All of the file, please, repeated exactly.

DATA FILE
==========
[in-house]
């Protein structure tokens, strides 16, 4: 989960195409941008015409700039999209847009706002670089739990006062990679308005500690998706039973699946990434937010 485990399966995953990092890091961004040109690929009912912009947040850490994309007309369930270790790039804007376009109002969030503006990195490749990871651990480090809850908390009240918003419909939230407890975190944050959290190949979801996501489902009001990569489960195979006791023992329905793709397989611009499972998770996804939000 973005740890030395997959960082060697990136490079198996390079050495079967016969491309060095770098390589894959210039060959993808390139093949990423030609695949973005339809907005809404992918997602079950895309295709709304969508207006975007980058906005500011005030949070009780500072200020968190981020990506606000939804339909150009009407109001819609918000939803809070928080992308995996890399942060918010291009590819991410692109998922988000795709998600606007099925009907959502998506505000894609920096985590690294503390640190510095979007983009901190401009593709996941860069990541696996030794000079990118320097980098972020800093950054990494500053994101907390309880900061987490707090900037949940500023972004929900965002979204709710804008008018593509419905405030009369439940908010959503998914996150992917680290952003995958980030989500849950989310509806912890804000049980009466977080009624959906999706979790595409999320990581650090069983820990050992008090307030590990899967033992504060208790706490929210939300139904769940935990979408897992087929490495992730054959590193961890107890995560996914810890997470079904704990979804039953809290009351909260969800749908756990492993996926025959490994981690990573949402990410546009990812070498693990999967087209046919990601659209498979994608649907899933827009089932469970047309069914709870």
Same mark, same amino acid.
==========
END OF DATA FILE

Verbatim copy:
[in-house]
């Protein structure tokens, strides 16, 4: 989960195409941008015409700039999209847009706002670089739990006062990679308005500690998706039973699946990434937010 485990399966995953990092890091961004040109690929009912912009947040850490994309007309369930270790790039804007376009109002969030503006990195490749990871651990480090809850908390009240918003419909939230407890975190944050959290190949979801996501489902009001990569489960195979006791023992329905793709397989611009499972998770996804939000 973005740890030395997959960082060697990136490079198996390079050495079967016969491309060095770098390589894959210039060959993808390139093949990423030609695949973005339809907005809404992918997602079950895309295709709304969508207006975007980058906005500011005030949070009780500072200020968190981020990506606000939804339909150009009407109001819609918000939803809070928080992308995996890399942060918010291009590819991410692109998922988000795709998600606007099925009907959502998506505000894609920096985590690294503390640190510095979007983009901190401009593709996941860069990541696996030794000079990118320097980098972020800093950054990494500053994101907390309880900061987490707090900037949940500023972004929900965002979204709710804008008018593509419905405030009369439940908010959503998914996150992917680290952003995958980030989500849950989310509806912890804000049980009466977080009624959906999706979790595409999320990581650090069983820990050992008090307030590990899967033992504060208790706490929210939300139904769940935990979408897992087929490495992730054959590193961890107890995560996914810890997470079904704990979804039953809290009351909260969800749908756990492993996926025959490994981690990573949402990410546009990812070498693990999967087209046919990601659209498979994608649907899933827009089932469970047309069914709870």
Same mark, same amino acid.